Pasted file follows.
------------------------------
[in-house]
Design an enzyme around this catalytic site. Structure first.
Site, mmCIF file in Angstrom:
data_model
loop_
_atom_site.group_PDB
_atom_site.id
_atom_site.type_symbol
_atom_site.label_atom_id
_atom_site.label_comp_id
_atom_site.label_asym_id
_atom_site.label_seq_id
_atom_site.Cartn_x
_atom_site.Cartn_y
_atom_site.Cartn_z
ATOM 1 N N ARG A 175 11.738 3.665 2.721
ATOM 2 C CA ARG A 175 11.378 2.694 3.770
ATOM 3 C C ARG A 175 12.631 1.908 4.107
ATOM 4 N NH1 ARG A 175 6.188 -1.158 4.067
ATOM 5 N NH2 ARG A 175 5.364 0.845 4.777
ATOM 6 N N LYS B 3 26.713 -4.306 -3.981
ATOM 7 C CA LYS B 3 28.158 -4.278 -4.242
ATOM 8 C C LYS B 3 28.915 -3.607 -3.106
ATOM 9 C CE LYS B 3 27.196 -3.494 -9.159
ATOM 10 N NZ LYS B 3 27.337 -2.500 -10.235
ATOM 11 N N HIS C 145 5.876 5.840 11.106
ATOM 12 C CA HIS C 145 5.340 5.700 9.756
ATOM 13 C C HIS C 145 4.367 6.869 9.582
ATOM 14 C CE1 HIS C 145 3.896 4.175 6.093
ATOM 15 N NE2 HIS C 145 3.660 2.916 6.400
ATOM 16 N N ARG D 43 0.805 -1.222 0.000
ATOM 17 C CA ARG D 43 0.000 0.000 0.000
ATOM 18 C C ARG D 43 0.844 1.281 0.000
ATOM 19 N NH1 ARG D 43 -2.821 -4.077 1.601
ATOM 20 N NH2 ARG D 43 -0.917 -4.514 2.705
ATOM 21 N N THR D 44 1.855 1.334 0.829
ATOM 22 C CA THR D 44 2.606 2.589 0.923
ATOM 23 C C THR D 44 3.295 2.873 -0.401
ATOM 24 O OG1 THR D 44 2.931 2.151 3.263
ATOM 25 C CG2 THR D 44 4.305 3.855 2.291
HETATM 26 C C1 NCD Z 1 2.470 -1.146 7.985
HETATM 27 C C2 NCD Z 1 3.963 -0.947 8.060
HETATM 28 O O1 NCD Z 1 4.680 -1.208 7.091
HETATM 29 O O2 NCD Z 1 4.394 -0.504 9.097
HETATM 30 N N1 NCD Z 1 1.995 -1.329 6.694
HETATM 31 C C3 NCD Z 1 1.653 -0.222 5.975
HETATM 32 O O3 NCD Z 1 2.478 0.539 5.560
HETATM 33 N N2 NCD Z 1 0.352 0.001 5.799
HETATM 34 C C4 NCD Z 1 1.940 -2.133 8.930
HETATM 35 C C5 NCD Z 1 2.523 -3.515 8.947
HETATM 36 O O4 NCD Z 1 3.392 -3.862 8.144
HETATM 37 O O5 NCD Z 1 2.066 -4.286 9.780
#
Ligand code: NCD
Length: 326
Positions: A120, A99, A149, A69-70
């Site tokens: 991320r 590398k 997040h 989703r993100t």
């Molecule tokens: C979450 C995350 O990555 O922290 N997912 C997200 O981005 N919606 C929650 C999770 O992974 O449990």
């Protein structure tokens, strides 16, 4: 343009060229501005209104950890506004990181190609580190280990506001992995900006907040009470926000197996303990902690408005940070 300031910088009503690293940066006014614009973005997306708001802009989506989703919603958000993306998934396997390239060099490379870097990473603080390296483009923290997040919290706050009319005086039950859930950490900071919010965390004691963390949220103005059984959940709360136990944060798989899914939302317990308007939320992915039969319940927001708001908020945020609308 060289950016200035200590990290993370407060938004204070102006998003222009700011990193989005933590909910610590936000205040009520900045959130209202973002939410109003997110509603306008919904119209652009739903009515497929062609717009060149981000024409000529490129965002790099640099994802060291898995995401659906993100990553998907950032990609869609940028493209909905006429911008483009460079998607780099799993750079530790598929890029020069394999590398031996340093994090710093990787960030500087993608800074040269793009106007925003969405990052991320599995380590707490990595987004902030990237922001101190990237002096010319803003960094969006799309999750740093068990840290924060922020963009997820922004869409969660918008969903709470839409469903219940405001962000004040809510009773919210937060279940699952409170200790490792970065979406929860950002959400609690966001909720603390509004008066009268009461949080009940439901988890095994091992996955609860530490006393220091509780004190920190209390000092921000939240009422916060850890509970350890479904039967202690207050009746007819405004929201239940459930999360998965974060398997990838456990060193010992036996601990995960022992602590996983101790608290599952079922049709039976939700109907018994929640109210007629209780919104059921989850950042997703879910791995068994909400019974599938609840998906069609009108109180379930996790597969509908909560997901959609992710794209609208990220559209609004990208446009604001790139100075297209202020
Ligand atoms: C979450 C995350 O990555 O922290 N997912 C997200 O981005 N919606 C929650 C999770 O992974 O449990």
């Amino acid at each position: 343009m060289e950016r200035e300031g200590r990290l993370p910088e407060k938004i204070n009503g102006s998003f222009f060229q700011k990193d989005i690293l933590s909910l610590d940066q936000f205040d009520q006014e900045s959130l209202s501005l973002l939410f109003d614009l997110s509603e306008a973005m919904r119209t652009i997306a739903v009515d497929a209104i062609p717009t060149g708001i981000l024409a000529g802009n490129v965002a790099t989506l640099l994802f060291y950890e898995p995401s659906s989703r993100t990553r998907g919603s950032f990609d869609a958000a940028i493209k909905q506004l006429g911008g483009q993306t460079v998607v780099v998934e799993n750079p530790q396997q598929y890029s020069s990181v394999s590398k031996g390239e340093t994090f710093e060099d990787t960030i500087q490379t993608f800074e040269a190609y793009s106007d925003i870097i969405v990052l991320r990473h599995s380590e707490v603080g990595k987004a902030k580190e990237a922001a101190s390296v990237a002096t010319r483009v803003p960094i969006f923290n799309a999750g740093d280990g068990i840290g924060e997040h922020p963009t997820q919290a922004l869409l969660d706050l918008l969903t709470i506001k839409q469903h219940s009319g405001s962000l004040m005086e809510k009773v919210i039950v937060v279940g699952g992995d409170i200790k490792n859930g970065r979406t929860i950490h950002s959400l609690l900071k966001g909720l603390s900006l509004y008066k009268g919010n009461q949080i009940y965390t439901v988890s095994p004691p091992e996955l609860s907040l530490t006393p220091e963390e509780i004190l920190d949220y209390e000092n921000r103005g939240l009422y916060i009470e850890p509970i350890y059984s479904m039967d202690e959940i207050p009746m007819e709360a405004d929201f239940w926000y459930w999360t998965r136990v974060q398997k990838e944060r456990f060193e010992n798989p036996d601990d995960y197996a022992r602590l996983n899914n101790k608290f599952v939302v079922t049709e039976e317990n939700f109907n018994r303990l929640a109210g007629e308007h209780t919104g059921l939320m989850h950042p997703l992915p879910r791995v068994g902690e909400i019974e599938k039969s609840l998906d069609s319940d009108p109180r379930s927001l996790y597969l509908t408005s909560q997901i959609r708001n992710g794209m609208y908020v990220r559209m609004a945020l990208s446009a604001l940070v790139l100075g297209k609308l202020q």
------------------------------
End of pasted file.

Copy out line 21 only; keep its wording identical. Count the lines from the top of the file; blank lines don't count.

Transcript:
ATOM 6 N N LYS B 3 26.713 -4.306 -3.981